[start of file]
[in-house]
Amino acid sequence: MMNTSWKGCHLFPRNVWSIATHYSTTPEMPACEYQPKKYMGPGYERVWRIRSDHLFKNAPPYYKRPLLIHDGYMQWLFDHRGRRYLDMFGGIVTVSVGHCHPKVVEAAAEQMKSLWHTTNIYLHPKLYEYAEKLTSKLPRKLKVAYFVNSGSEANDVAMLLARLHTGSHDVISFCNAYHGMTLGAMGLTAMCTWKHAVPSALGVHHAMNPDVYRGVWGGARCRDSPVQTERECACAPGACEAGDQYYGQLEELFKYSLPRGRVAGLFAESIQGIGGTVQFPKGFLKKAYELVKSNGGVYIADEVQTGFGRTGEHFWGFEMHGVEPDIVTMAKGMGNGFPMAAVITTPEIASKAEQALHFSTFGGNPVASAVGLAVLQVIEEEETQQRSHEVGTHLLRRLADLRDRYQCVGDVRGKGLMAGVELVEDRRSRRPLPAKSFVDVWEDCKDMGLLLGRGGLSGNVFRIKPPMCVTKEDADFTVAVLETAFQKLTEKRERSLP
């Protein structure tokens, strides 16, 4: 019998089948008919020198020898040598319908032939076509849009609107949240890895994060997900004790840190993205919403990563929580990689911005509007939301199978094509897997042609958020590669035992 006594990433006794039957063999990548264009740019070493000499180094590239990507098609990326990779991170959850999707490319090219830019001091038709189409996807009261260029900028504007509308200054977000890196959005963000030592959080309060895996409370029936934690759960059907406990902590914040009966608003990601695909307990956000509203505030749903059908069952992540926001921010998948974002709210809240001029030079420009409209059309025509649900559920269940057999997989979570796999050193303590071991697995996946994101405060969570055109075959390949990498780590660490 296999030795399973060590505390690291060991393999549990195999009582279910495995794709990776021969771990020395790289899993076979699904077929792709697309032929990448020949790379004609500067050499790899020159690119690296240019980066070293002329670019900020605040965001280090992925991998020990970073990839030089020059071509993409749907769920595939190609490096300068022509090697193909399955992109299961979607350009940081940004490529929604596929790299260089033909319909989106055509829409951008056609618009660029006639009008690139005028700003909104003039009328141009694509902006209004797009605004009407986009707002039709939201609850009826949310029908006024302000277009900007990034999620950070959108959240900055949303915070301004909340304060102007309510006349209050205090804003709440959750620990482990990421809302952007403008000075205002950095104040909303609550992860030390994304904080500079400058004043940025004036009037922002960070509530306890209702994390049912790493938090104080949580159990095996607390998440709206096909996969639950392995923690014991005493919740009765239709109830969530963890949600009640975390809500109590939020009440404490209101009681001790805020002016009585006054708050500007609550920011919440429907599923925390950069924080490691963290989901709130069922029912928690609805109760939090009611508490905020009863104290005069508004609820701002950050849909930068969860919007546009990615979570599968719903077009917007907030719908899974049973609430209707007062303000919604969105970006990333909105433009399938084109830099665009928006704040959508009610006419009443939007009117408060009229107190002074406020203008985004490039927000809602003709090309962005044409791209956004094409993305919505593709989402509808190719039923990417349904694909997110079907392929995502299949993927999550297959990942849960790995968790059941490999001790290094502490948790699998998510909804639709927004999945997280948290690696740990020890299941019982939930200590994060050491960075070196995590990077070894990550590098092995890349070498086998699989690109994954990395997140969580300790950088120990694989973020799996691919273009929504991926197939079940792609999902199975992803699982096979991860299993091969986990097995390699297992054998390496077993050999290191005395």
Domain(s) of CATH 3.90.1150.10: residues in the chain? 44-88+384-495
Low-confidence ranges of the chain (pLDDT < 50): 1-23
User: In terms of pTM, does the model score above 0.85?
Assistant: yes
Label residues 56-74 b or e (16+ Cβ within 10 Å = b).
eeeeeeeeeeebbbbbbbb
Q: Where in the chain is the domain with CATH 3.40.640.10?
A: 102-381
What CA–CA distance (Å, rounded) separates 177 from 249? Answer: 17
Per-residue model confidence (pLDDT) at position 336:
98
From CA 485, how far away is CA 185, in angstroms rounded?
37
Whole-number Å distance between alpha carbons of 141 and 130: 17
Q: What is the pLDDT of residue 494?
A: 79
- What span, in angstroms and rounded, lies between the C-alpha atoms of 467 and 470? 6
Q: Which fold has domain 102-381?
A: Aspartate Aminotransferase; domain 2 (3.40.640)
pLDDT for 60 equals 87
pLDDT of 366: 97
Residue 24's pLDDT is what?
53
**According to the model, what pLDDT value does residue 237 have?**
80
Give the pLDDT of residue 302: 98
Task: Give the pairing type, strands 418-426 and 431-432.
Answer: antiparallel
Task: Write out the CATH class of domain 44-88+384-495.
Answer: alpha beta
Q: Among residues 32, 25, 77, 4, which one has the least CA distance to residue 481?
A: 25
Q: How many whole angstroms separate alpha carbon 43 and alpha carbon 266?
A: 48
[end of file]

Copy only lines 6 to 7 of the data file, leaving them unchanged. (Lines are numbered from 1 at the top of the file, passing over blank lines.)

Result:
User: In terms of pTM, does the model score above 0.85?
Assistant: yes